dicrotic notch, and loss of fine detail. Severely overdamped pressure waves display a
falsely narrowed pulse pressure, although MAP may remain reasonably accurate. In
contrast, underdamped pressure waveforms display systolic pressure overshoot and
contain additional artifacts produced by the measurement system that are not part of the
original intravascular pressure wave. An underdamped waveform can lead to overshoot
and a falsely high BP. (7) A damping coefficient of 0.6-0.7 is optimal and can be
determined by examining tracing oscillations after a high-pressure flush. (8)

How to set up an Arterial Line:

1. Prepare a 500 ml bag of normal saline. Most institutions no longer use heparinized
solution (explanation below). Connect the saline solution and the transducer
administration set. Pressurize the bag to 300 mmHg, and flush the solution through
completely, taking great care to remove all air from the tubing and transducer set ports.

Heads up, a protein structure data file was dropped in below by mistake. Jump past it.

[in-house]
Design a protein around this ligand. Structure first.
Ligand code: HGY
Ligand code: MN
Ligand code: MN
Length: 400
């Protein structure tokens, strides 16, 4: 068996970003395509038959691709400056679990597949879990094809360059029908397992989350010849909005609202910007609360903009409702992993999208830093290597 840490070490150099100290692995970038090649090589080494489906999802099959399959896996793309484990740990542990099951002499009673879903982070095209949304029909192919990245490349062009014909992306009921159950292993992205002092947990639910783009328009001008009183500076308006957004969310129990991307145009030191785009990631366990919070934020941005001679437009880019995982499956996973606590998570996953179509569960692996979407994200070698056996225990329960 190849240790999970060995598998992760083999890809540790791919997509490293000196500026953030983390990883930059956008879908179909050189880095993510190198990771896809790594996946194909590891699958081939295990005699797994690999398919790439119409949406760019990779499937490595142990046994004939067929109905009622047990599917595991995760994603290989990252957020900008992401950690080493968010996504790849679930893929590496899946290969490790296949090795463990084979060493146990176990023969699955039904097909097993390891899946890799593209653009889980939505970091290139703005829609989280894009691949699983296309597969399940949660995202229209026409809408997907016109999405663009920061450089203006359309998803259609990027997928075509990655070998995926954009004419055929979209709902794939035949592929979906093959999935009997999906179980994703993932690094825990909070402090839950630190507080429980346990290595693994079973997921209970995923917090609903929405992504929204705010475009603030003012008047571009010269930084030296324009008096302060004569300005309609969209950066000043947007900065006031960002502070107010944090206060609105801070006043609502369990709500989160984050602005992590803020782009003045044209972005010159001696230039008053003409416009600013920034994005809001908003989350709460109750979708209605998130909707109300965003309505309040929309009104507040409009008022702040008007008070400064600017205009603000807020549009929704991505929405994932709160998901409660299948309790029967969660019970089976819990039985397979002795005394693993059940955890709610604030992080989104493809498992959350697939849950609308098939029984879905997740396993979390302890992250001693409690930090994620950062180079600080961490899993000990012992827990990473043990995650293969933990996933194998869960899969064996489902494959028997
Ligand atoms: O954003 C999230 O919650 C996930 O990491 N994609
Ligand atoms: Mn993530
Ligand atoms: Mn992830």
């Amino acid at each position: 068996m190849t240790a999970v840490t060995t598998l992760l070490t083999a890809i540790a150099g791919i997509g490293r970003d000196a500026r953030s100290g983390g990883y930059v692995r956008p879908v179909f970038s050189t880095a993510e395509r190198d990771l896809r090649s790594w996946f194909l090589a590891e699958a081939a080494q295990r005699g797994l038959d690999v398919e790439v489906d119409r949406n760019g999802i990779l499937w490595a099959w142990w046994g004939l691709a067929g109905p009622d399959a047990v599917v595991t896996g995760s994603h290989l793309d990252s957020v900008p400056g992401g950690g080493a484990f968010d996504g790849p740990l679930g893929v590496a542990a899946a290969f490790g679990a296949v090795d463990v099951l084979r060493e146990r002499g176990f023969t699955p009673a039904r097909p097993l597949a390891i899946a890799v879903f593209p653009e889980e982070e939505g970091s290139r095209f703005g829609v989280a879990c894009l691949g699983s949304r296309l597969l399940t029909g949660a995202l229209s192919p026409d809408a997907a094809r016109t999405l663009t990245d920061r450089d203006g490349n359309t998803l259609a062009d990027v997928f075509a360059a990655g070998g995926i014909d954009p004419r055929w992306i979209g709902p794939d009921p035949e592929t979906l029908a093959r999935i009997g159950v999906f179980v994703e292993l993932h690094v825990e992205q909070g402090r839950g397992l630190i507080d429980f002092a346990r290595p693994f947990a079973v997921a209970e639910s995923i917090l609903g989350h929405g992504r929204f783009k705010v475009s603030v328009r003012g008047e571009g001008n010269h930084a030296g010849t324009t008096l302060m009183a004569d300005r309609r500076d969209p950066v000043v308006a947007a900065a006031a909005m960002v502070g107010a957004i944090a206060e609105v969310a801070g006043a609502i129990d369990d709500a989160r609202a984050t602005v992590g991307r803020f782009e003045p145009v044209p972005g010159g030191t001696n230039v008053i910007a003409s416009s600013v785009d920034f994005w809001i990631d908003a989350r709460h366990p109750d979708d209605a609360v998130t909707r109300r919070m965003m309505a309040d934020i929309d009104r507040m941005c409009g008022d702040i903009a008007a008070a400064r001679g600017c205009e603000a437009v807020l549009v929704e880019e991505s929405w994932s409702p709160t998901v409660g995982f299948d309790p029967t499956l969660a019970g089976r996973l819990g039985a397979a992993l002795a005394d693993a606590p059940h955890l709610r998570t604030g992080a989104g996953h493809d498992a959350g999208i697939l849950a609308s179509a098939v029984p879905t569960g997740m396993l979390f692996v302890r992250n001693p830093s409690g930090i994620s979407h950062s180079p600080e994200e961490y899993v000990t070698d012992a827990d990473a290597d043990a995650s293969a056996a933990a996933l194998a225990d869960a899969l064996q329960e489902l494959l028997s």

As discussed above, even the smallest air bubble can compromise transducer accuracy.
2. Maintain the bag pressure at 300 mm Hg. The purpose of this is to provide
backpressure to prevent blood from contaminating the transducer.
3. With the transducer connected to the monitor, select arterial monitor, and perform a
square wave test by fast flushing the line and observing a change in the waveform
(waveform becomes a flat line at a high pressure then dips down to a low pressure, before
ensuing with the actual pressure tracing).
4. Zero the transducer and monitor by placing the transducer at the phlebostatic axis of
the patient. Close the stopcock to the patient and open it to air. Press zero on the monitor.